Thank goodness for the City Council auditor and the General Counsel’s Office.
Together they exposed the JEA’s boneheaded performance pay plan scheme as illegal and financially ridiculous.
It was not always that way.
JEA began paying for performance in 1990. Used correctly, it can be an effective way to improve productivity.
Then, the CEO and Board annually set the numbers JEA had to hit for employees to earn any payout. The CEO was the only employee not eligible for payout since he is the person setting — with the Board — the measured performance levels.
The maximum potential payout was 5% of employee salary but it rarely, if ever got that high.
It used the same 3 factors every year with tougher all-time record results required each year to get any payout:
- Customer satisfaction (measured by independent polling)
- Workplace safety, measured by OSHA numbers.
- Employee and asset productivity, measured with statistics modeled in large part on a famous business management book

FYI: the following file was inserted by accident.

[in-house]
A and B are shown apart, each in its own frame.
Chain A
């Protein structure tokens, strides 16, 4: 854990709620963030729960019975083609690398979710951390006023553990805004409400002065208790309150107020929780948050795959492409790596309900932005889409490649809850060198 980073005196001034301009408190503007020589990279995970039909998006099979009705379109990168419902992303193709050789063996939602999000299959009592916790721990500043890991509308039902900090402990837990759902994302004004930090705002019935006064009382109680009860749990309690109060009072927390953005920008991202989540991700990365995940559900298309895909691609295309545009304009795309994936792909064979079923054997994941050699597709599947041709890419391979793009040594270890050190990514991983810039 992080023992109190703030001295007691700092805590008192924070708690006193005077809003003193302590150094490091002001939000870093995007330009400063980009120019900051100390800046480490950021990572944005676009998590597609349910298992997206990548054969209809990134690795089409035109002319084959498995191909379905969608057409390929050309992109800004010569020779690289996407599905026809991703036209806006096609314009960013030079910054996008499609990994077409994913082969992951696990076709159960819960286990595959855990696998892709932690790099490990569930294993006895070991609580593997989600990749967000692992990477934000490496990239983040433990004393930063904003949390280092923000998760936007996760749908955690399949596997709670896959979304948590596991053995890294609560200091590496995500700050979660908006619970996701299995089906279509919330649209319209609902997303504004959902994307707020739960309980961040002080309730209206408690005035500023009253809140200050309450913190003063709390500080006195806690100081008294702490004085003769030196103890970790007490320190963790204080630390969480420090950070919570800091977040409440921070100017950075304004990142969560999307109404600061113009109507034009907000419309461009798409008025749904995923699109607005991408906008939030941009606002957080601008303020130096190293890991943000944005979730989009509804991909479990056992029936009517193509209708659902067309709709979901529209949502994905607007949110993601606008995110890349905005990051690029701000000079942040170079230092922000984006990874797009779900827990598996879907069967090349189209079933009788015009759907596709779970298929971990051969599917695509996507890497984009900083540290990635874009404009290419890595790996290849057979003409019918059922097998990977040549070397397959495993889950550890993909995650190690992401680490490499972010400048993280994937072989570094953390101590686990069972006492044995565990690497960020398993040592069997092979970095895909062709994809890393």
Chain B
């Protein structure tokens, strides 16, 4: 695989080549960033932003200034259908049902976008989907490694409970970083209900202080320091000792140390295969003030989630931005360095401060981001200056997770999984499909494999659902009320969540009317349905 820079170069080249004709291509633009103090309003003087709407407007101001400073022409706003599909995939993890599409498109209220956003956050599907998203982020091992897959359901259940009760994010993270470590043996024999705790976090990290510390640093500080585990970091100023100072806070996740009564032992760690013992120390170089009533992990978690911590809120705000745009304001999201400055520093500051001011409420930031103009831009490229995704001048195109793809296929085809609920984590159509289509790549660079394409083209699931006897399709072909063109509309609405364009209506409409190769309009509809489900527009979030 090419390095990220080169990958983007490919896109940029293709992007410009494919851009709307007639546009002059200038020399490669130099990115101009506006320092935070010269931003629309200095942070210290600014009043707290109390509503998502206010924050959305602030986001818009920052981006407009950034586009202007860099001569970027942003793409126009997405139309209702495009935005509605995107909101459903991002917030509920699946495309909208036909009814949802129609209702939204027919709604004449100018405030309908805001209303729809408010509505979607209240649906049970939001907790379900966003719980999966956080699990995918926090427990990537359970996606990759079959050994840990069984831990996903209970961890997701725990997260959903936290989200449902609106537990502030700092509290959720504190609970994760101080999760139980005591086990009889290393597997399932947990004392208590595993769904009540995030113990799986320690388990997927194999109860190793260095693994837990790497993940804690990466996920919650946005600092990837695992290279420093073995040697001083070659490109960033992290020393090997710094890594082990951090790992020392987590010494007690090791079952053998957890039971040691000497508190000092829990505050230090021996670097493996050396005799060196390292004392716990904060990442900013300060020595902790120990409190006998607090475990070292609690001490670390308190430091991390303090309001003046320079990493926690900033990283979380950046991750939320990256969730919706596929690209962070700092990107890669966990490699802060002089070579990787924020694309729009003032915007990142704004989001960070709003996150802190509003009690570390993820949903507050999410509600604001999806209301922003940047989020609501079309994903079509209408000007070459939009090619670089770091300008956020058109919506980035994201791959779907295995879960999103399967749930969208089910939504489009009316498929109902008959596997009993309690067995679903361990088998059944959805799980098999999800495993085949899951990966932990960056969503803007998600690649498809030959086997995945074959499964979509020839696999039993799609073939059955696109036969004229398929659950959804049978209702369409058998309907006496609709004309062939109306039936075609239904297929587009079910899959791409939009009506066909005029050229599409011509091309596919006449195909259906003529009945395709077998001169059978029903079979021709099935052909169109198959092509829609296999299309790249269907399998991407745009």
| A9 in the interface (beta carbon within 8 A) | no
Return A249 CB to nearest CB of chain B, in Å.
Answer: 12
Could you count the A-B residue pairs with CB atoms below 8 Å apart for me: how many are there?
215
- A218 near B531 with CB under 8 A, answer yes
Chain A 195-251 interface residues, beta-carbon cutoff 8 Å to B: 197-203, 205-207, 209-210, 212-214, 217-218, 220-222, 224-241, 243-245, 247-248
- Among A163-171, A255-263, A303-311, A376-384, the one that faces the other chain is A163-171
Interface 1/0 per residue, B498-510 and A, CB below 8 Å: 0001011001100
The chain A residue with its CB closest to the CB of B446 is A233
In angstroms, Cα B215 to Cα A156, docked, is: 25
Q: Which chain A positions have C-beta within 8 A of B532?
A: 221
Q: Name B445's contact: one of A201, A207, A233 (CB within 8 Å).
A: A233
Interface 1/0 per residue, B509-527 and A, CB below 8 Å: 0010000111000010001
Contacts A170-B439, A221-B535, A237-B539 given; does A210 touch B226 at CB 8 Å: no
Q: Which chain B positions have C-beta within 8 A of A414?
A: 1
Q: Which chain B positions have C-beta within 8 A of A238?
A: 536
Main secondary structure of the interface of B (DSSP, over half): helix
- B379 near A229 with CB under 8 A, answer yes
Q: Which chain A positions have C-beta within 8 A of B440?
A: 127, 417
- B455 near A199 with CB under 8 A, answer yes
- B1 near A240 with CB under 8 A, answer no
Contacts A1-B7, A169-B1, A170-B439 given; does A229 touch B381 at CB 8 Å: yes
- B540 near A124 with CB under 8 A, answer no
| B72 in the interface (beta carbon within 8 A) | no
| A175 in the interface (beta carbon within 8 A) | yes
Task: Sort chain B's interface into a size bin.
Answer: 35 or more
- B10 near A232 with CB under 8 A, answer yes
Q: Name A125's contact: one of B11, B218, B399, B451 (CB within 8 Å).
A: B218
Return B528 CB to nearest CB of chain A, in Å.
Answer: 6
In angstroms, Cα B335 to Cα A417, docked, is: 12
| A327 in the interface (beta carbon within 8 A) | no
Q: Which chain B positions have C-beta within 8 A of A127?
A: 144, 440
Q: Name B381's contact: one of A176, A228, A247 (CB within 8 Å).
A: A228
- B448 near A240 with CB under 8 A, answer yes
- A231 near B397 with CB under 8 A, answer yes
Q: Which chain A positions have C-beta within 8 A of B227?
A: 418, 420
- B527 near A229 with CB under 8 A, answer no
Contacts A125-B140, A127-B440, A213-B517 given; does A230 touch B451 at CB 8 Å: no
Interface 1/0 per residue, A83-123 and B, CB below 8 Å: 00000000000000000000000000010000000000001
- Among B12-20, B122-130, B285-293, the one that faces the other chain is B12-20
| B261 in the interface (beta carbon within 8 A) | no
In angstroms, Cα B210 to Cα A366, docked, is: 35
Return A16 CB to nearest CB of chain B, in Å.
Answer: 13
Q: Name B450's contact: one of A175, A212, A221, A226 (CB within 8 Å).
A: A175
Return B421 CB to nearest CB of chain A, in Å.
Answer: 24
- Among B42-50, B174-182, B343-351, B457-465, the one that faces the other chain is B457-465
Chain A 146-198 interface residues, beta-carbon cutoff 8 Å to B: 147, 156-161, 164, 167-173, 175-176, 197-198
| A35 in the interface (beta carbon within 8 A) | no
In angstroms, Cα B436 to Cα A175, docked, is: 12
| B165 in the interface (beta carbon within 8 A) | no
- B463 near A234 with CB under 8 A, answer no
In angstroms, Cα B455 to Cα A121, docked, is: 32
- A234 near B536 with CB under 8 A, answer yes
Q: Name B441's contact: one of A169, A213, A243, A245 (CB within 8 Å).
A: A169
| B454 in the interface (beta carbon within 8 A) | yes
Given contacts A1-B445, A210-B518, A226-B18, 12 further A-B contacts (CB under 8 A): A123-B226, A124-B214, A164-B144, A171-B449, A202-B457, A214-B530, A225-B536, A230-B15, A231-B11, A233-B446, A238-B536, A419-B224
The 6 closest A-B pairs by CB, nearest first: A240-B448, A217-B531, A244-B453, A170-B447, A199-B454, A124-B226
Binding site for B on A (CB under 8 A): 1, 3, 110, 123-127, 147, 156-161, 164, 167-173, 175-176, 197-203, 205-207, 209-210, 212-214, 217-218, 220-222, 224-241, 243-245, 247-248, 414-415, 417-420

Performance targets were set for productivity and safety improvements, so that cost savings from better performance more than funded any payouts
The plan was changed by current CEO Aaron Zahn and it has been soundly criticized.
General Counsel Jason Gabriel advised the JEA to drop the Zahn plan because it was on shaky legal ground.
Council Auditor Kyle Billy said the plan could cost JEA up to $636.6 million if the utility was sold to a private company.
The City Council voted unanimously to recommend the JEA scrap the plan and Zahn said it would.
One council member is demanding Zahn’s resignation.
That certainly seems in order, as does resignation of the entire JEA board, which seems to have provided little oversight.
If Mayor Lenny Curry wants to restore confidence in his plan to sell the JEA – a plan that must be approved by voters in order to take place – he would seek that outcome.
See auditors spreadsheet below.